Scottish members of End Child Poverty, the UK’s leading child poverty coalition, are calling on Holyrood Ministers to urgently introduce a cash boost for low-income families in Scotland and for UK government to end the freeze on working age benefits. This comes as new data published today shows that over 30% of children are trapped in poverty in some Scottish Parliament constituencies. At a national level the tide has turned and child poverty is rising, reversing the progress made in reducing child poverty levels across the country. (more…)
A new Job Grant proposed by Scottish Government will provide support to young people with the costs of starting work has been warmly welcomed by OPFS. It will be paid to 16-24-year olds who have been in receipt of a qualifying benefit. OPFS organised workshops to enable young single mothers to give feedback on their experiences of the UK social security system and their views on the new Job Grant. We recommended recognising that there are certain groups of young people who face more considerable barriers and challenges to gaining and sustaining paid work- young single mothers; disabled young people and young care leavers for example.
Yes, you can get help to pay for childcare for all qualifying children even if you only get child tax credit, universal credit and help with housing costs for two.
If you are affected by the ‘2 child limit’ you can still claim for help to pay for childcare for your third or subsequent children.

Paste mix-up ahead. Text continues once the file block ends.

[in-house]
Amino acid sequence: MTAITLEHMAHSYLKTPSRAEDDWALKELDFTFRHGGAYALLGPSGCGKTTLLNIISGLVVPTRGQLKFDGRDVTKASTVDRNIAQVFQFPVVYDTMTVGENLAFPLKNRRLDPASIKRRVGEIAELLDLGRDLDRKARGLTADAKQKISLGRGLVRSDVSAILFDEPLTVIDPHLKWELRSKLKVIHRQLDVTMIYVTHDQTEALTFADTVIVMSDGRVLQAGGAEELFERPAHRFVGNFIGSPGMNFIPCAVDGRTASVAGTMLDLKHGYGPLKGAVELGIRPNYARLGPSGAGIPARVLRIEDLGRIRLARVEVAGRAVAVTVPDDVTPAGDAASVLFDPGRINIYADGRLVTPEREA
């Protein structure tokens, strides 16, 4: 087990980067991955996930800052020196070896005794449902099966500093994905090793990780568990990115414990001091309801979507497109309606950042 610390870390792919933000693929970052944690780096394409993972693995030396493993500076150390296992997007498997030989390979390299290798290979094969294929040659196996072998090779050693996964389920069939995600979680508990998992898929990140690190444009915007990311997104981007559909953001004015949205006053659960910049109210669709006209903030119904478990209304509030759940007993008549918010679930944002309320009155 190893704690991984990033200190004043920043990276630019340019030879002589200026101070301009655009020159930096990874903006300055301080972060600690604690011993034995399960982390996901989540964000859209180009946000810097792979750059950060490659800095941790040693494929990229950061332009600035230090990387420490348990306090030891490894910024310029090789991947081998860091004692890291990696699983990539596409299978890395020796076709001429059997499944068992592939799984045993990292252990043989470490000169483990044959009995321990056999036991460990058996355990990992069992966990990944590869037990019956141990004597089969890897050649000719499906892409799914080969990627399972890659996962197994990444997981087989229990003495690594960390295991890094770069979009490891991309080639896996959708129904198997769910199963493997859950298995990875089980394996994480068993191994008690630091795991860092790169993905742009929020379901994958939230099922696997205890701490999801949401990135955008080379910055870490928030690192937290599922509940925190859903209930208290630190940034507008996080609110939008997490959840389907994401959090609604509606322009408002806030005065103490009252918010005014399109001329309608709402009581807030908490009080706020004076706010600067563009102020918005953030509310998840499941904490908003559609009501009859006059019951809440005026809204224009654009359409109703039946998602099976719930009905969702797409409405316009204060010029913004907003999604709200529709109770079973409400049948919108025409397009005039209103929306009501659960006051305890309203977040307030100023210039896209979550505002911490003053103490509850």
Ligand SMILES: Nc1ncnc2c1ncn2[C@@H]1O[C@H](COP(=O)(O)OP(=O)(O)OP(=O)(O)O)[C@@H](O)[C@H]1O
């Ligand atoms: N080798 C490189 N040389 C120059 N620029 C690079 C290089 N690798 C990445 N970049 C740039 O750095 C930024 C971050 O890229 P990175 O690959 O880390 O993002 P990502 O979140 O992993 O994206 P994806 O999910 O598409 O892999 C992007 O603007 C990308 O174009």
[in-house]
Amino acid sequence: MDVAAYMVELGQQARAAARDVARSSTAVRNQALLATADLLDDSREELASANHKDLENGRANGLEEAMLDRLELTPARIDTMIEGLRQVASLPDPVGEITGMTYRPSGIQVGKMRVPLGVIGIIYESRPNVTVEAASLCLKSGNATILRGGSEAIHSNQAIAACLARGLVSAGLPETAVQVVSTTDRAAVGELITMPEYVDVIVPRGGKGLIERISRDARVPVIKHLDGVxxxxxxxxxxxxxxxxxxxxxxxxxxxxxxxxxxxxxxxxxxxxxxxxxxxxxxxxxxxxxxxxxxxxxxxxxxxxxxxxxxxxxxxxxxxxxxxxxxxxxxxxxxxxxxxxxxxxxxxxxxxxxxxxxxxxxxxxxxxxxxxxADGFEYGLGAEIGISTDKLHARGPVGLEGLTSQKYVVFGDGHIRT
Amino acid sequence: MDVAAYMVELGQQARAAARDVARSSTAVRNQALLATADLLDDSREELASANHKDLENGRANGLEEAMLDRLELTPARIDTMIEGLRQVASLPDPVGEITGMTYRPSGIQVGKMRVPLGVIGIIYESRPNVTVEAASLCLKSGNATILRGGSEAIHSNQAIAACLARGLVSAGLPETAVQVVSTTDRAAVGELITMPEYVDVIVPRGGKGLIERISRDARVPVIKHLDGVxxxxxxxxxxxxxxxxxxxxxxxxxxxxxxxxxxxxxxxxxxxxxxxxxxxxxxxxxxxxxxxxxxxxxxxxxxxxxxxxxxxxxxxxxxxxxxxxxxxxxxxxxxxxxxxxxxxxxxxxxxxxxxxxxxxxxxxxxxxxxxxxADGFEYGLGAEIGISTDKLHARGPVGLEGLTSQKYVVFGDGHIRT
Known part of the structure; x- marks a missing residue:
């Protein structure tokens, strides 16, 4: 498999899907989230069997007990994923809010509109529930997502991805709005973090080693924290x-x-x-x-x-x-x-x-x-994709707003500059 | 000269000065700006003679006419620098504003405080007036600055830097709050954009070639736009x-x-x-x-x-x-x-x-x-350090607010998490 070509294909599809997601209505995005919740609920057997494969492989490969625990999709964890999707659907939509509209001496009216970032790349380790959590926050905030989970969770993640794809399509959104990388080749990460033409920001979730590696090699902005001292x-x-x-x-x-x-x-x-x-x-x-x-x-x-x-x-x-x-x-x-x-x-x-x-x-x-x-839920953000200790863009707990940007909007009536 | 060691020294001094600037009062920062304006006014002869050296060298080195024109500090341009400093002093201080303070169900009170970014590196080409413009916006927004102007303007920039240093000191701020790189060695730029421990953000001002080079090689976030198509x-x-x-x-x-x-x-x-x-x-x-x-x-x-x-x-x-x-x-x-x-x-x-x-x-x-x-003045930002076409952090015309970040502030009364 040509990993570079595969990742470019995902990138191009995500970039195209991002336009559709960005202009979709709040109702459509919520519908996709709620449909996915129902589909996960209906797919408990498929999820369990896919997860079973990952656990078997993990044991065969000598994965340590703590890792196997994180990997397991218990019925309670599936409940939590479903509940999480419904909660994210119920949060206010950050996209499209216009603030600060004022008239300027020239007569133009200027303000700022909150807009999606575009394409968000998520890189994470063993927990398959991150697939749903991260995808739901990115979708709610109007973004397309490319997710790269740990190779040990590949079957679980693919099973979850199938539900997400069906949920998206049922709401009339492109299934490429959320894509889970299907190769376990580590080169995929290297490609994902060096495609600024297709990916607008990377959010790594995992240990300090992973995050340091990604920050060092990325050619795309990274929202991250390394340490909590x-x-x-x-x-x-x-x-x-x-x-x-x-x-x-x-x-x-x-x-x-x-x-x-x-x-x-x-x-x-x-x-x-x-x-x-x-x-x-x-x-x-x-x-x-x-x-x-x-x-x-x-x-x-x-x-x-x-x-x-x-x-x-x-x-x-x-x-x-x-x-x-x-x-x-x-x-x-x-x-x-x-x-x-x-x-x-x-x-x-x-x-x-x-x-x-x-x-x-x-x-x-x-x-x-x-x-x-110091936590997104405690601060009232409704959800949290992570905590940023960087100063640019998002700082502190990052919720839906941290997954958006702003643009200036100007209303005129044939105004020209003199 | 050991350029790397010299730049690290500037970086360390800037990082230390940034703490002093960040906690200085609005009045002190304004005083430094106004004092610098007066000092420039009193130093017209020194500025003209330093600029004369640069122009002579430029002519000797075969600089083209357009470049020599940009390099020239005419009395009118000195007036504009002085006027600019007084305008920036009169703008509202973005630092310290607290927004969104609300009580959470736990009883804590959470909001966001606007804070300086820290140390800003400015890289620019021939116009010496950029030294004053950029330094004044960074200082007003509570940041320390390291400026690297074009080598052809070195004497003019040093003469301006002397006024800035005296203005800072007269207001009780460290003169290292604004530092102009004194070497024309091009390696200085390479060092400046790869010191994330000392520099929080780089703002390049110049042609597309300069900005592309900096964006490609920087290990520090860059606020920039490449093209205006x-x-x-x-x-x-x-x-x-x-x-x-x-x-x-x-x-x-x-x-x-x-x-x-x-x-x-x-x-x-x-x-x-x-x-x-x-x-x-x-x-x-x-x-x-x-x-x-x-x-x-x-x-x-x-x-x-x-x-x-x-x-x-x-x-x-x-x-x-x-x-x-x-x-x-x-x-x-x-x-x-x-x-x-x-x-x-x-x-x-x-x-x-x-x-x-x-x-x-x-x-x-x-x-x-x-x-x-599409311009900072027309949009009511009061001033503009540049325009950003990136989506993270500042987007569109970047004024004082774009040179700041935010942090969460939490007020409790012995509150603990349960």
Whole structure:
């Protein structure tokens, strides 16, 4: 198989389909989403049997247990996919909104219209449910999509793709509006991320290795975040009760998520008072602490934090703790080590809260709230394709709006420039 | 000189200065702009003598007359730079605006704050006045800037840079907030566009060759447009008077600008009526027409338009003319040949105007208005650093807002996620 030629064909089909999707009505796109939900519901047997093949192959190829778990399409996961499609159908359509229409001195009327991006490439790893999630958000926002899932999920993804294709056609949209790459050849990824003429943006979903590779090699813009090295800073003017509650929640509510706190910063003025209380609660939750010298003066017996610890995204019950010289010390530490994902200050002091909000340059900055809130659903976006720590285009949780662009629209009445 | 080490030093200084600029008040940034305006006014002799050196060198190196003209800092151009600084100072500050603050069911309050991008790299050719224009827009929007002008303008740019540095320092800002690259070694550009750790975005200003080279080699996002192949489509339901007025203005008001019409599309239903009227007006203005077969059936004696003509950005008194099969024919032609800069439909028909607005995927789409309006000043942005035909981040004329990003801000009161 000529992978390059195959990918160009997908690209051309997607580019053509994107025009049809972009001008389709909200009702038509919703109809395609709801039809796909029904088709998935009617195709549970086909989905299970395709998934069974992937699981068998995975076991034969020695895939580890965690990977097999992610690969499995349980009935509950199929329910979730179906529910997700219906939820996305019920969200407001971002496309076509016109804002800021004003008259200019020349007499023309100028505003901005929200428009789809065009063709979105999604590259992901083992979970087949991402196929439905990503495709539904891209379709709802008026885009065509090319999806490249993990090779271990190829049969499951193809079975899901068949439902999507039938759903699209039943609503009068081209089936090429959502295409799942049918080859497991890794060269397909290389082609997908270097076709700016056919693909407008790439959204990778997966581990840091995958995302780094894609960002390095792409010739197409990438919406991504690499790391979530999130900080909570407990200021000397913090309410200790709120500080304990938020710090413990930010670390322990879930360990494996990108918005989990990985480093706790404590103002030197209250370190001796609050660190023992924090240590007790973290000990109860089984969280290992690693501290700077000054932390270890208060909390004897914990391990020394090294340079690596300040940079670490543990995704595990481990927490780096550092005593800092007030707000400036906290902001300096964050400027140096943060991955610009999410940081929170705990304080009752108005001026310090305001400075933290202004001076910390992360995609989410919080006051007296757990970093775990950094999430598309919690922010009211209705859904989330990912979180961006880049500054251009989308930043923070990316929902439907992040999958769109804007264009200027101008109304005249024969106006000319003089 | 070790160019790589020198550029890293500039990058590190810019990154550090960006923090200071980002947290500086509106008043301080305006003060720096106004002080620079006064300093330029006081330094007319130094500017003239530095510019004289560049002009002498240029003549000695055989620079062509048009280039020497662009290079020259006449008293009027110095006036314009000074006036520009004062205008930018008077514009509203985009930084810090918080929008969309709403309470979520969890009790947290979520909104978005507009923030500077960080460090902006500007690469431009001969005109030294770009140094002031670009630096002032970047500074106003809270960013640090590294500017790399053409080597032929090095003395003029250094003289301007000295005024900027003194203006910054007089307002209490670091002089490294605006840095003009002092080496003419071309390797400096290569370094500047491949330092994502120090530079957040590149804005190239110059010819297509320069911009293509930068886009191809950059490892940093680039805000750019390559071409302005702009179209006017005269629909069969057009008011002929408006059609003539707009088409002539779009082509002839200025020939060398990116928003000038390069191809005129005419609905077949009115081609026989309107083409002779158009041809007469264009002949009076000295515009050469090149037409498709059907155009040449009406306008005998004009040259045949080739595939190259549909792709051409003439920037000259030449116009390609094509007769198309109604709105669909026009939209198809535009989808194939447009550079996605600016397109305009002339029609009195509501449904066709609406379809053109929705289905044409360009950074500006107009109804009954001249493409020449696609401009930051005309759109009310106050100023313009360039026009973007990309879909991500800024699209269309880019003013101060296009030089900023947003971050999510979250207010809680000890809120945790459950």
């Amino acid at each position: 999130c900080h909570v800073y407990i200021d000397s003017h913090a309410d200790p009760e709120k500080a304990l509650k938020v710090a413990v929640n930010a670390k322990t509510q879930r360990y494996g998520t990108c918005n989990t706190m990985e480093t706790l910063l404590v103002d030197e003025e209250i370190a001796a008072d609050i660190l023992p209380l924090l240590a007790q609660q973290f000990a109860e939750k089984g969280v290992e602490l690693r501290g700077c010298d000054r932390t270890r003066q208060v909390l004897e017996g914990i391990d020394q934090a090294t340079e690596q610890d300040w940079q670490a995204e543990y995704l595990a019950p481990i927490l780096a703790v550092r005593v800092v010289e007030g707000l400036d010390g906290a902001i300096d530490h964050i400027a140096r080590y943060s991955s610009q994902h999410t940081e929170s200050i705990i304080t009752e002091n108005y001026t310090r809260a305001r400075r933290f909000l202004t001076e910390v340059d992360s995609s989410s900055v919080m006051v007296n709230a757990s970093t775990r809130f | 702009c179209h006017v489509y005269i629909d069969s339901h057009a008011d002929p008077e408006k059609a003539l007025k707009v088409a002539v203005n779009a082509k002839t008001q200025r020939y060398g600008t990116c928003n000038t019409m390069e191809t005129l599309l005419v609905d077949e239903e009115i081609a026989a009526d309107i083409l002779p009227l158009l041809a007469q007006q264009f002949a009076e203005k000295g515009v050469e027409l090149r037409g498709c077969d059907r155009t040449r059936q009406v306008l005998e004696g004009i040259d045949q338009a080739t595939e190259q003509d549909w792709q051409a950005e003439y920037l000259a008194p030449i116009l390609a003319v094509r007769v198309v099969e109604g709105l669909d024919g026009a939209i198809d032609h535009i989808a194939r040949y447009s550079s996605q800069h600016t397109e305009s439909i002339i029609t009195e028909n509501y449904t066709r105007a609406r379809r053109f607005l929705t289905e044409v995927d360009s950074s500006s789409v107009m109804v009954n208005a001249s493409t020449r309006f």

You can claim from working tax credit, as long as you work an average of 16 hours per week or more, or from universal credit no matter how many hours you work.
Qualifying children are those you are responsible for up to the age of 15, or 16 if you get a disabled child element for them in child tax credit or universal credit. The childcare provider must be registered with the Care Inspectorate.
The amount of help towards childcare costs is affected by your earnings and is capped. The maximum amount you can get is:
Working tax credit
- 70% of £175 (£122.50) per week for one child
- 70% of £300 (£210) per week for 2 or more children
- 85% of £760 (£646.35) per month for one child
- 85% of £1300 (£1,108.04) per month for 2 or more children
The Early Learning Payment is £250 to help eligible families with the costs when your child is two to three and half.
It’s part of Best Start Grant, a package of three payments to help families in Scotland at key stages in a child’s life.
Parents or cares who get certain benefits or tax credits can apply. And you can still apply even if your child is not taking up a nursery place. (more…)
What is a Parenting Plan?
A ‘Parenting Plan’ is a voluntary agreement between you and your child’s other parent about arrangements for your children.
They can be used by parents who are separating, or who have never lived together as a couple, instead of asking a court to decide.
You can choose what you need to agree on in your Parenting Plan. For example, where your children will live, when you will spend time with your children, who else can look after them or how they’ll spend school holidays and birthdays.
The updated guide has lots of useful information and resources for parents to work through together without the expense of solicitors and legal professionals.
How to make a Parenting Plan
Call the Lone Parent Helpline on freephone 0808 801 0323 if you need advice.